MechE PhD Dissertation Defense: Ke Wu

  • Starts: 10:00 am on Monday, March 27, 2023
  • Ends: 12:00 pm on Monday, March 27, 2023

ABSTRACT: Metamaterials, defined as artificially constructed materials composed of subwavelength meta-atoms, have emerged as a promising tool to manipulate electromagnetic (EM) waves due to their extraordinary responses to incident EM waves. Efforts in developing metamaterials have progressed from initial demonstrations of breaking the generalized limitations of refraction and reflection of natural materials, to their current use in facilitating a range of practical applications. One flourishing research direction is the applications of metamaterial in electromagnetic field enhancement. The enhanced magnetic fields are attractive for a variety of applications such as magnetic resonance imaging (MRI), wireless power transfer, and magnetic induction tomography, among others. The common thread across this dissertation is incorporating conventional and novel methods to create some functional magnetic metamaterials for field enhancement, considering the practical application scenarios. First, this dissertation investigates mechanically tunable metamaterials by integrating EM resonators with deployable auxetics. Aided by digital parametric design tools, the computationally designed metamaterials could conformably cover a person’s kneecap, ankle, head, or any part of the body in need of imaging, and meanwhile they are readily to be tuned for ensuring frequency match, making magnetic metamaterials more feasible in clinical scenarios. Second, this dissertation presents a flexible, smart metamaterial composed of an assembly of meta- atoms featuring a controlling circuit loaded spiral resonator (CCLSR) inductively coupled with a varactor-loaded ring resonator (VLRR). The reported metamaterial may not only be readily tuned to achieve precise frequency match with MRI by a controlling circuit, but is also capable of selectively amplifying the magnetic field by sensing excitation signal strength passively, thereby remaining ‘off’ during RF transmission and ensuring its optimal performance when applied to MRI. Third, this dissertation introduces a metamaterial- enhanced near-field readout platform for interrogating passive microsensor tags. With the unique evanescent wave amplification properties, the insertion of a metamaterial between the transmitter and receiver antennas could amplify the magnetic flux density and, thus, increase the coupling coefficient, ultimately improving the wireless power transfer efficiency. These functional metamaterials demonstrated in this thesis can be employed to construct application-oriented electromagnetic devices and facilitate metamaterial-based technologies.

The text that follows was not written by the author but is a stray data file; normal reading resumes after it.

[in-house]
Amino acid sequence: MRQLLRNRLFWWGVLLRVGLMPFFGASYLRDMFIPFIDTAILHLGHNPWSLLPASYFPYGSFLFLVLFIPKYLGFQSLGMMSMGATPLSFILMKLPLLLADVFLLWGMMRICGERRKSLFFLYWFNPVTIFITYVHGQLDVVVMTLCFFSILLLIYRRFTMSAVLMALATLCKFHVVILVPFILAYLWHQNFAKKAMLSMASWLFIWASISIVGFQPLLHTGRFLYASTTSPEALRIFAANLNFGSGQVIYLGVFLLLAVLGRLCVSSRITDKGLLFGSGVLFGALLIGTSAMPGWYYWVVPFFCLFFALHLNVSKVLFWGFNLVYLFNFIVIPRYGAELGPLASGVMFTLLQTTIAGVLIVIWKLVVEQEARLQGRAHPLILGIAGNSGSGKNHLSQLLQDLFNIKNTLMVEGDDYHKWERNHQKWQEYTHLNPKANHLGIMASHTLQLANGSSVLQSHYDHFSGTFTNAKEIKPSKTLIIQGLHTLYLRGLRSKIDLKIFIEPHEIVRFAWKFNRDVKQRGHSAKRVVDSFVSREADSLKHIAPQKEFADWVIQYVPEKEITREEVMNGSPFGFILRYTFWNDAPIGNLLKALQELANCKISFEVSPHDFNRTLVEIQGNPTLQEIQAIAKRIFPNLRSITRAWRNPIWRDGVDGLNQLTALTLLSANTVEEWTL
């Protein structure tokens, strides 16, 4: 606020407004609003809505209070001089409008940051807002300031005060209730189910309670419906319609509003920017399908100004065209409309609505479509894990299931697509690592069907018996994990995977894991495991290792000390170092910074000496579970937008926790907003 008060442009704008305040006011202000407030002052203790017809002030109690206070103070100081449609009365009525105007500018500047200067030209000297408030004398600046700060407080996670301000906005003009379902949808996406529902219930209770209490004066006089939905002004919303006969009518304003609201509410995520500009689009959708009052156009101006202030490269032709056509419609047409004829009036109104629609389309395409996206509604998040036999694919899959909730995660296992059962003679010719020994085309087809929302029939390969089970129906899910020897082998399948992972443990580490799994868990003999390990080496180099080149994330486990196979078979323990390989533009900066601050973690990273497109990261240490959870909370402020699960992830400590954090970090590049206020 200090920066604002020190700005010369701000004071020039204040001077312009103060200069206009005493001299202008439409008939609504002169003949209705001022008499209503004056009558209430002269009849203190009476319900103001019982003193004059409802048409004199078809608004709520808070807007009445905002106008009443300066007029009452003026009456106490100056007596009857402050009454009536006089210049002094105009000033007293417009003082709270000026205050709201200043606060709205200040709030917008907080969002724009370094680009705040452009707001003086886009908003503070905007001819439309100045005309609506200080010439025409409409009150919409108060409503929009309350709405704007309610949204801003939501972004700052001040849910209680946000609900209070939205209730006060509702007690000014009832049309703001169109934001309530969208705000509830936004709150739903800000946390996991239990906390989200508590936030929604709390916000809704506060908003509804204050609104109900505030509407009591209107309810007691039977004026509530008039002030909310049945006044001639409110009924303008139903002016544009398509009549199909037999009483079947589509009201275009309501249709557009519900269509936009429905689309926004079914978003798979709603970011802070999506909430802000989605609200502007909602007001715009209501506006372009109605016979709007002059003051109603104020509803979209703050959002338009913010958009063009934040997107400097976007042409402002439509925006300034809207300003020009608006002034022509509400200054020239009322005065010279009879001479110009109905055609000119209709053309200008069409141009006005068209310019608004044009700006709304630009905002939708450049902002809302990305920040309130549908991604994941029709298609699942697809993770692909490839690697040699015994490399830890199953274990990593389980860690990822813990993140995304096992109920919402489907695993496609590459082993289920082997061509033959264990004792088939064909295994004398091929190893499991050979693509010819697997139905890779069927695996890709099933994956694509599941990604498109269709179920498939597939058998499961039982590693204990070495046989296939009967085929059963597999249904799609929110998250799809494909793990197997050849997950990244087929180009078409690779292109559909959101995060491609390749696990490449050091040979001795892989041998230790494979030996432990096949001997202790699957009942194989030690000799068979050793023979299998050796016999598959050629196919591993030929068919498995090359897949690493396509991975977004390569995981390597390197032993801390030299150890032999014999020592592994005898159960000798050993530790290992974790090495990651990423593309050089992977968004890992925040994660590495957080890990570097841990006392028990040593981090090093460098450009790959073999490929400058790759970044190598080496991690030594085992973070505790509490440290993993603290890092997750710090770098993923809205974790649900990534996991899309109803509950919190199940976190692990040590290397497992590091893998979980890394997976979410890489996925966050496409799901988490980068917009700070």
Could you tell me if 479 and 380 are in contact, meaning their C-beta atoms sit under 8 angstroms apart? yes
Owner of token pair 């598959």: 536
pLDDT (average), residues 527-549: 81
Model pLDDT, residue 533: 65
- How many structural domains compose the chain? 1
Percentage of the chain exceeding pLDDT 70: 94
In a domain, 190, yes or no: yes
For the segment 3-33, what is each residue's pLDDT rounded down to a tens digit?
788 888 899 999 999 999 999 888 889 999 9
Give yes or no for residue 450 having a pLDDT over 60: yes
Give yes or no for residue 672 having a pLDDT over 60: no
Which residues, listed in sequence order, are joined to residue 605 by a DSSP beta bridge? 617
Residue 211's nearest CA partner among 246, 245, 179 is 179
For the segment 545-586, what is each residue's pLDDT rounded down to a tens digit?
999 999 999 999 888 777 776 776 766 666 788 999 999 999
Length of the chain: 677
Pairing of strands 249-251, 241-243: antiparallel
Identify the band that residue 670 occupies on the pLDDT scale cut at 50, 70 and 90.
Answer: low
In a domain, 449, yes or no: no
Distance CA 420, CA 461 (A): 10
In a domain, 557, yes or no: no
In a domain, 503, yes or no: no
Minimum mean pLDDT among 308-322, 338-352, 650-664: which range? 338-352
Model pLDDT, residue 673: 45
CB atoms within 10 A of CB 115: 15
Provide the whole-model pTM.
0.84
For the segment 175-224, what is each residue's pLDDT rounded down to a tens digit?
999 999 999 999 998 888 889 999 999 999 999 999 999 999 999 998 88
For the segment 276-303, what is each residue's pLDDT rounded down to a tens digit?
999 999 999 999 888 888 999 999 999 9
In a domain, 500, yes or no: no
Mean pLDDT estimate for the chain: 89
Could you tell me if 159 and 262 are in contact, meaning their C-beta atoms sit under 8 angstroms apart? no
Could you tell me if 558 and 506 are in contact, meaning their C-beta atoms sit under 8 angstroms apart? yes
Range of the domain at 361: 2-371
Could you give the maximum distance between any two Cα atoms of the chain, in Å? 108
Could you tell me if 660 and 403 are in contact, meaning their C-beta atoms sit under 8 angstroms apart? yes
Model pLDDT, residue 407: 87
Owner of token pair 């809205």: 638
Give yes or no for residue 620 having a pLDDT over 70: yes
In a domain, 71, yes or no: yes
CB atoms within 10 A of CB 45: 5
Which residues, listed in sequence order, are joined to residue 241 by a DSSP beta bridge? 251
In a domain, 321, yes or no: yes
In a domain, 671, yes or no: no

COMMITTEE: ADVISOR Professor Xin Zhang, ME/ BME/ECE/MSE; CHAIR Professor Tom Bifano, ME/BME/ECE/MSE; Professor Chuanhua Duan, ME/MSE; Professor Lei Tian, ECE/BME; Professor Stephan Anderson, Radiology/BUSM/ME

ENG, 110 Cummington Mall (245)
Hosting Professor
X. Zhang